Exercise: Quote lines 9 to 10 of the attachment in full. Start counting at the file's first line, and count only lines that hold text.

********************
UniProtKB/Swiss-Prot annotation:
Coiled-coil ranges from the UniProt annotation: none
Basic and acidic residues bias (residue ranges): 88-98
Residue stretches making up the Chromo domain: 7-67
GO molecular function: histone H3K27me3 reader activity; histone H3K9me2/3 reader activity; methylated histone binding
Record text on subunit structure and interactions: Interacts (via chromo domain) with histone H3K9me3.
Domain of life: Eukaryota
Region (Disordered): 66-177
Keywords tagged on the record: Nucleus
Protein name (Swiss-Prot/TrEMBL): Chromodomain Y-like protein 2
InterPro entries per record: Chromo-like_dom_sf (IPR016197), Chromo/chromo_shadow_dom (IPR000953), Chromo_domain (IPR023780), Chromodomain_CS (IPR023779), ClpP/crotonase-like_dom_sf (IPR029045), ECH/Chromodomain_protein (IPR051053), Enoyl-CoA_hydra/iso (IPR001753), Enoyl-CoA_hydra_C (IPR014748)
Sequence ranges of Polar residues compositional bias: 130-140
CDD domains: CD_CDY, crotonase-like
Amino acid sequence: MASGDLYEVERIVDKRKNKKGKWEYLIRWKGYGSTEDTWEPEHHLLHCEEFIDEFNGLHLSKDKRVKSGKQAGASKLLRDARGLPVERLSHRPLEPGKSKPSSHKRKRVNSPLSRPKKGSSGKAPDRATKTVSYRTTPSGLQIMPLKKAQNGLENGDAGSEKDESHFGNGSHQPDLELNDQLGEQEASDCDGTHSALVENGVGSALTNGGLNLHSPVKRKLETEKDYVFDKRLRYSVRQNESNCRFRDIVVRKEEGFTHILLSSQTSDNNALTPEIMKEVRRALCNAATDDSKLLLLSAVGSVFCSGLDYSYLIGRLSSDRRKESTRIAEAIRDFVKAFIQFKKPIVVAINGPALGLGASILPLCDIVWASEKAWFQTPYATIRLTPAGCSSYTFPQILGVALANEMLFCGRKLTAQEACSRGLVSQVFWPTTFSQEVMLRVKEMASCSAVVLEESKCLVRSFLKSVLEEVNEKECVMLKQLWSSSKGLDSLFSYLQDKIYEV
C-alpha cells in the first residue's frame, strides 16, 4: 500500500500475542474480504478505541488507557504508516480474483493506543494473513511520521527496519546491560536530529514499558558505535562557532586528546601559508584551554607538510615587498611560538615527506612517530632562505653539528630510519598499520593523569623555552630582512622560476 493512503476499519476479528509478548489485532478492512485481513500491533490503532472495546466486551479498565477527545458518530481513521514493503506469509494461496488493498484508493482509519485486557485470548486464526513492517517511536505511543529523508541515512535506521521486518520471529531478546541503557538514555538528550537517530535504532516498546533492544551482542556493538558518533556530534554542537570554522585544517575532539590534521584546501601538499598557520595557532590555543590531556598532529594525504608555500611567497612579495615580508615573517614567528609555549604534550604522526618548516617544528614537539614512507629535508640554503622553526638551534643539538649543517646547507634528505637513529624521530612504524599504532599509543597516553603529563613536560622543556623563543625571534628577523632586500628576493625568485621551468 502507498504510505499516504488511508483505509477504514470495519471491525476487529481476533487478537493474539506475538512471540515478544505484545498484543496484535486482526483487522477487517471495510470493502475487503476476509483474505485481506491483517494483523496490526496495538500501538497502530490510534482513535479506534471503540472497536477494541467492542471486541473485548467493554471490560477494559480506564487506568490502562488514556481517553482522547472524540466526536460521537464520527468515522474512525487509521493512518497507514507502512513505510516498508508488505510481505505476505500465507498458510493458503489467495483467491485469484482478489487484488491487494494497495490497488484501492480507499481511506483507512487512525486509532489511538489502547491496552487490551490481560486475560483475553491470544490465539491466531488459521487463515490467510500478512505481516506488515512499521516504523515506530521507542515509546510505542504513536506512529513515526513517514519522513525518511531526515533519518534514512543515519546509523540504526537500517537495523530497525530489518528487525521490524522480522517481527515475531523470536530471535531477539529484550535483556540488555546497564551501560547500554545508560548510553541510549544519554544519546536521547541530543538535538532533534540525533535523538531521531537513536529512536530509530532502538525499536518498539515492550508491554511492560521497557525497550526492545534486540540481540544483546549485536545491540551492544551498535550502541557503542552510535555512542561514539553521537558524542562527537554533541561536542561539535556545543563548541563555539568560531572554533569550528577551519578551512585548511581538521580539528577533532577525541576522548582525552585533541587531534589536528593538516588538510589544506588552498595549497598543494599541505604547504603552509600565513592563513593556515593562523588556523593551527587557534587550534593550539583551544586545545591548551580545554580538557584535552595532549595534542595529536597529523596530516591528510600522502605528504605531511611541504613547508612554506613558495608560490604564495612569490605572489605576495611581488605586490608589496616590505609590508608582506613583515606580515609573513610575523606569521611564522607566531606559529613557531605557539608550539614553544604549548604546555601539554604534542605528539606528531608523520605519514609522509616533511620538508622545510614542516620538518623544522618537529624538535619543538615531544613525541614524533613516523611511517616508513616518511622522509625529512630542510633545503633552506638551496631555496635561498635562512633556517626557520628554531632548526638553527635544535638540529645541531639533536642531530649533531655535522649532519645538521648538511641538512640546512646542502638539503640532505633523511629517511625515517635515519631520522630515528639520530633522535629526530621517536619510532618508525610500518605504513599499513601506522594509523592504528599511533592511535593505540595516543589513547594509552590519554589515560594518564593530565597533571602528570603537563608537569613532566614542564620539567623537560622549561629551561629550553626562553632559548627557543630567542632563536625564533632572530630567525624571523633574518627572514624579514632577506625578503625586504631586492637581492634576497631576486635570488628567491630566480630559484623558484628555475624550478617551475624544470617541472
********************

Keywords tagged on the record: Nucleus
Protein name (Swiss-Prot/TrEMBL): Chromodomain Y-like protein 2